UfU Information | Issue 4 – December 2021 | Department of Nature Conservation & Environmental Communication

Controlling invasive neophytes along an entire river?

The Selke becomes neophyte-free

Since the beginning of the work of the “Coordination Office for Invasive Neophytes in Protected Areas in Saxony-Anhalt” in 2010, UfU has been supporting the stakeholders in the Harz region who are working towards a neophyte-free Selke Valley. The Selke is a 65 km long river that flows north from the eastern Harz Mountains and flows into the Bode. The entire Selke valley in the Harz, which is one of the most impressive and diverse valleys in the Harz, is protected as the FFH area “Selke valley and mountain meadows near Stiege”.

In the early 2000s, the Lower Nature Conservation Authority of the Harz district decided that more measures were needed to combat the spread of invasive neophytes along the Selke. She called on people to take part in the “Neophyte-free Selke Valley” project. After searching in vain for nature conservation funding for the necessary measures, she found two employment companies that were prepared to carry out such measures with the long-term unemployed.

Giant hogweed

One of these employment companies, Ökologische Sanierungs- und Entwicklungsgesellschaft Aschersleben (ÖSEG), has been continuously implementing measures in the Selke valley between Selkemühle and Meisdorf since around 2005. The first step was to remove the large areas of giant hogweed already present there. Great progress was quickly visible in the first few years, and after a few years ÖSEG was proud to report that no more giant hogweed was blooming. However, as the seeds of the giant hogweed can survive in the soil for up to seven years, individual young giant hogweed plants were repeatedly discovered and removed until 2020. The occurrences of giant hogweed (and other invasive neophytes) were recorded in the KORINA database and published in the atlas on korina.info. It is also possible to document that an occurrence was no longer found. This allows the measures implemented to be documented.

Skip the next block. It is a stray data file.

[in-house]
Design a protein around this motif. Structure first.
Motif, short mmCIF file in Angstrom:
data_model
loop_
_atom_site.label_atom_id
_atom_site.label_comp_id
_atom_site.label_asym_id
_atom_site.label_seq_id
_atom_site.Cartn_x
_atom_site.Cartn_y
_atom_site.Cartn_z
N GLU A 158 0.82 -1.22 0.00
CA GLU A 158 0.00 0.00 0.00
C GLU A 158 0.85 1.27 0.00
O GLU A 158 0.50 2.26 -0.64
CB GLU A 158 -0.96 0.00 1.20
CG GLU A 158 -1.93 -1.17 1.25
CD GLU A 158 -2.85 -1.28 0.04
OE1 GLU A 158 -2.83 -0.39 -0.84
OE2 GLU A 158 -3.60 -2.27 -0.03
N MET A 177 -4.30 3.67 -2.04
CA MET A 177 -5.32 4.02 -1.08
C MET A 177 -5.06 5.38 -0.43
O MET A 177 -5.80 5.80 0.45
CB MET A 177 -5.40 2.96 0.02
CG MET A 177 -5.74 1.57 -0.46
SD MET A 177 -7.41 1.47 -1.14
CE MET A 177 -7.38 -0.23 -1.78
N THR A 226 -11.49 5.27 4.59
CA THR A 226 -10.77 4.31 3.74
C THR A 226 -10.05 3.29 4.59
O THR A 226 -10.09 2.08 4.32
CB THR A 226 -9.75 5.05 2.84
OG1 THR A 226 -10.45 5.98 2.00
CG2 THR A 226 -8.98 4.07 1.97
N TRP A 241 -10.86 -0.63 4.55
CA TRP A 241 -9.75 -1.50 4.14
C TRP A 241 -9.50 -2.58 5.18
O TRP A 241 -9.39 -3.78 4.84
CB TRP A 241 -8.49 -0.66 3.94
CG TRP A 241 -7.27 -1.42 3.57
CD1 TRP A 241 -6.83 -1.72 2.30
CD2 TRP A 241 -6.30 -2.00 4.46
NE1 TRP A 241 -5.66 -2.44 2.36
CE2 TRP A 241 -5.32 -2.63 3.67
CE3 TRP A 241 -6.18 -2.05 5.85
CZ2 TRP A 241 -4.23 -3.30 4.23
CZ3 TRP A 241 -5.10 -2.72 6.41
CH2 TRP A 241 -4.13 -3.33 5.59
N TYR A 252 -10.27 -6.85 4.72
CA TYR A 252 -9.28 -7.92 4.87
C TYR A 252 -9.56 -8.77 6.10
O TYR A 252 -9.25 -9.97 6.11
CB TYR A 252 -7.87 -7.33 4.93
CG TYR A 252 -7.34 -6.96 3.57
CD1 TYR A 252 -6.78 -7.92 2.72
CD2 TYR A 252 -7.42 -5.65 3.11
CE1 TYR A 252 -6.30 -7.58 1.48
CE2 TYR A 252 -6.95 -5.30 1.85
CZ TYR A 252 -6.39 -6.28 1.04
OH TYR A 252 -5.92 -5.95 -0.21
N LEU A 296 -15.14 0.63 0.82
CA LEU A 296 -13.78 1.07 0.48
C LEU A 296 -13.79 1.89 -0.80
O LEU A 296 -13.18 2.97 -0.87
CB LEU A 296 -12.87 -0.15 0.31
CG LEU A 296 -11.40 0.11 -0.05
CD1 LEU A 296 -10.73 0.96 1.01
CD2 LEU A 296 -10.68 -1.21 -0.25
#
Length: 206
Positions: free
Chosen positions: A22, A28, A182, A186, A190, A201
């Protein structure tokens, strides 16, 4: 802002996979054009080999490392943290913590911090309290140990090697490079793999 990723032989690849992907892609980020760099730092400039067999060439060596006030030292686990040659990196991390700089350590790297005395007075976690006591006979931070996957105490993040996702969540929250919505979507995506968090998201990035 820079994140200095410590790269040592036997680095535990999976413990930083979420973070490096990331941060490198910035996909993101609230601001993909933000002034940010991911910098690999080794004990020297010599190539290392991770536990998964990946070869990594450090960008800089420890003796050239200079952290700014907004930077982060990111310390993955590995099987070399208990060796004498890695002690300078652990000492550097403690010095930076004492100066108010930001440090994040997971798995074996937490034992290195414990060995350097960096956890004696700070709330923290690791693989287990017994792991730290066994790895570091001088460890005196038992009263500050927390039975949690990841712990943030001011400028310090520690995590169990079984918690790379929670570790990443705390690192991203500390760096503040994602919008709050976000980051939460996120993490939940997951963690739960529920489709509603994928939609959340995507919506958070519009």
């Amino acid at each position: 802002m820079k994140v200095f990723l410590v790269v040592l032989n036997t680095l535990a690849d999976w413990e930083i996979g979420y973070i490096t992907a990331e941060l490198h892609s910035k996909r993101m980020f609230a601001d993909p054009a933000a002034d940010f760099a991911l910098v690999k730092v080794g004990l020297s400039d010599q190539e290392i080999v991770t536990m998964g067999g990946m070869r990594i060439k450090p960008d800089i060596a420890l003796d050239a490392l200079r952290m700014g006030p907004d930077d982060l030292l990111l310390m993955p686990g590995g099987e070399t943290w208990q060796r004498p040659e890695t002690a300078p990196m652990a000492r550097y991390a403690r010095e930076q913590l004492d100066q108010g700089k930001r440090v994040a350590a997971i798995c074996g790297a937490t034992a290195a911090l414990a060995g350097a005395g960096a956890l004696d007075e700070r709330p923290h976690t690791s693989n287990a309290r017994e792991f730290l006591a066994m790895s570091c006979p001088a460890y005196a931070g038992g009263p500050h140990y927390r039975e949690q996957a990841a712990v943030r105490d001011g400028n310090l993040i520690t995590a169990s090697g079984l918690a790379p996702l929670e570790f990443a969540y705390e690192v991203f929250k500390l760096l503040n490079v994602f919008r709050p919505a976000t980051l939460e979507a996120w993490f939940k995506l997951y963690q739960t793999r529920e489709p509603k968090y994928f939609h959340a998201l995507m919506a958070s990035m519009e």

Occurrence of the giant hogweed in the Selke valley near the Selkemühle, screenshot KORINA Atlas from 25.10.2021

The Japanese knotweed

Japanese knotweed has only become increasingly widespread along the Selke in the last ten years. As it forms underground rhizomes, even a very small piece of which can form a new plant, its control is much more difficult and must continue intensively in the coming years. There is also a risk of plant parts being carried away during floods.


Neophyte management project on the Selke

In 2020, UfU was commissioned to implement the project “Neophyte management – development of sustainable control measures against invasive neophytes on the Selke and its tributaries in Saxony-Anhalt”. This project is intended to bring together the many years of work by the lower nature conservation authorities, the employment agencies and the State Agency for Flood Protection and Water Management. ÖSEG’s work in the Selke valley near Selkemühle has shown that control is also possible in flowing waters. However, such measures are only sustainable if they are coordinated across the entire watercourse.

In the project, the occurrences of invasive neophytes were recorded and those occurrences whose control is a priority from the point of view of nature conservation and water management were identified. The aim is to completely remove the giant hogweed from the Selke catchment area and to minimize the impact of the Japanese knotweed.

Heracleum mantegazzianum = giant hogweed ; Photo Katrin Schneider